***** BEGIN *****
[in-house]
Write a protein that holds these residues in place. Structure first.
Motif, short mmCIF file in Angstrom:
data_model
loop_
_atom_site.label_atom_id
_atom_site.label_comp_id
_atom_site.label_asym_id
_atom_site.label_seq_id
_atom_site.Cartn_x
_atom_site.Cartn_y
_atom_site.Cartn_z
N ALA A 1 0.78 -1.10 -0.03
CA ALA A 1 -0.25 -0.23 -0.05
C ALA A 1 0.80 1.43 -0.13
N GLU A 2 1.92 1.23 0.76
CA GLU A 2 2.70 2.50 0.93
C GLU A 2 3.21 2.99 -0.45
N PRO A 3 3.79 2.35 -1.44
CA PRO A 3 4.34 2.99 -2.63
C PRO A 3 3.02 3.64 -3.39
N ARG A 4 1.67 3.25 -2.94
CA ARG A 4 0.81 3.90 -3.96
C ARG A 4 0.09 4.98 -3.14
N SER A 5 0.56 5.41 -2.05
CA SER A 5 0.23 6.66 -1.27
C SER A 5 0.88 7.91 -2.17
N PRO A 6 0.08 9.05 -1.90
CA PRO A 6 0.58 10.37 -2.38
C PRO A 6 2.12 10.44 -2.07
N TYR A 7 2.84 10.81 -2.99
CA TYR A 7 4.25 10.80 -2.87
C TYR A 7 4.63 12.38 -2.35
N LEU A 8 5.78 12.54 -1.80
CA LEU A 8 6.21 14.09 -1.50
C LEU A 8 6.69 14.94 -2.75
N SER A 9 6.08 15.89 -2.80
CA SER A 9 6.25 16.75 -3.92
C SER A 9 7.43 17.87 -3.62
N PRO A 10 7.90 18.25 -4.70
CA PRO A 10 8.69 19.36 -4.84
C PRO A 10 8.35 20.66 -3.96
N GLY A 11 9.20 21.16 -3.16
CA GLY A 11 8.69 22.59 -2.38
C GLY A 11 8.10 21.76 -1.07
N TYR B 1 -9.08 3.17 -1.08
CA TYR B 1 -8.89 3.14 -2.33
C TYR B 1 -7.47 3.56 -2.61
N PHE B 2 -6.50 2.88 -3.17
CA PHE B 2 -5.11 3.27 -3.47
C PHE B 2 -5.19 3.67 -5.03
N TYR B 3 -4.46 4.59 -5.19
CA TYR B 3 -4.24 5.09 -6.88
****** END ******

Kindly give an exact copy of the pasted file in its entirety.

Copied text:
[in-house]
Write a protein that holds these residues in place. Structure first.
Motif, short mmCIF file in Angstrom:
data_model
loop_
_atom_site.label_atom_id
_atom_site.label_comp_id
_atom_site.label_asym_id
_atom_site.label_seq_id
_atom_site.Cartn_x
_atom_site.Cartn_y
_atom_site.Cartn_z
N ALA A 1 0.78 -1.10 -0.03
CA ALA A 1 -0.25 -0.23 -0.05
C ALA A 1 0.80 1.43 -0.13
N GLU A 2 1.92 1.23 0.76
CA GLU A 2 2.70 2.50 0.93
C GLU A 2 3.21 2.99 -0.45
N PRO A 3 3.79 2.35 -1.44
CA PRO A 3 4.34 2.99 -2.63
C PRO A 3 3.02 3.64 -3.39
N ARG A 4 1.67 3.25 -2.94
CA ARG A 4 0.81 3.90 -3.96
C ARG A 4 0.09 4.98 -3.14
N SER A 5 0.56 5.41 -2.05
CA SER A 5 0.23 6.66 -1.27
C SER A 5 0.88 7.91 -2.17
N PRO A 6 0.08 9.05 -1.90
CA PRO A 6 0.58 10.37 -2.38
C PRO A 6 2.12 10.44 -2.07
N TYR A 7 2.84 10.81 -2.99
CA TYR A 7 4.25 10.80 -2.87
C TYR A 7 4.63 12.38 -2.35
N LEU A 8 5.78 12.54 -1.80
CA LEU A 8 6.21 14.09 -1.50
C LEU A 8 6.69 14.94 -2.75
N SER A 9 6.08 15.89 -2.80
CA SER A 9 6.25 16.75 -3.92
C SER A 9 7.43 17.87 -3.62
N PRO A 10 7.90 18.25 -4.70
CA PRO A 10 8.69 19.36 -4.84
C PRO A 10 8.35 20.66 -3.96
N GLY A 11 9.20 21.16 -3.16
CA GLY A 11 8.69 22.59 -2.38
C GLY A 11 8.10 21.76 -1.07
N TYR B 1 -9.08 3.17 -1.08
CA TYR B 1 -8.89 3.14 -2.33
C TYR B 1 -7.47 3.56 -2.61
N PHE B 2 -6.50 2.88 -3.17
CA PHE B 2 -5.11 3.27 -3.47
C PHE B 2 -5.19 3.67 -5.03
N TYR B 3 -4.46 4.59 -5.19
CA TYR B 3 -4.24 5.09 -6.88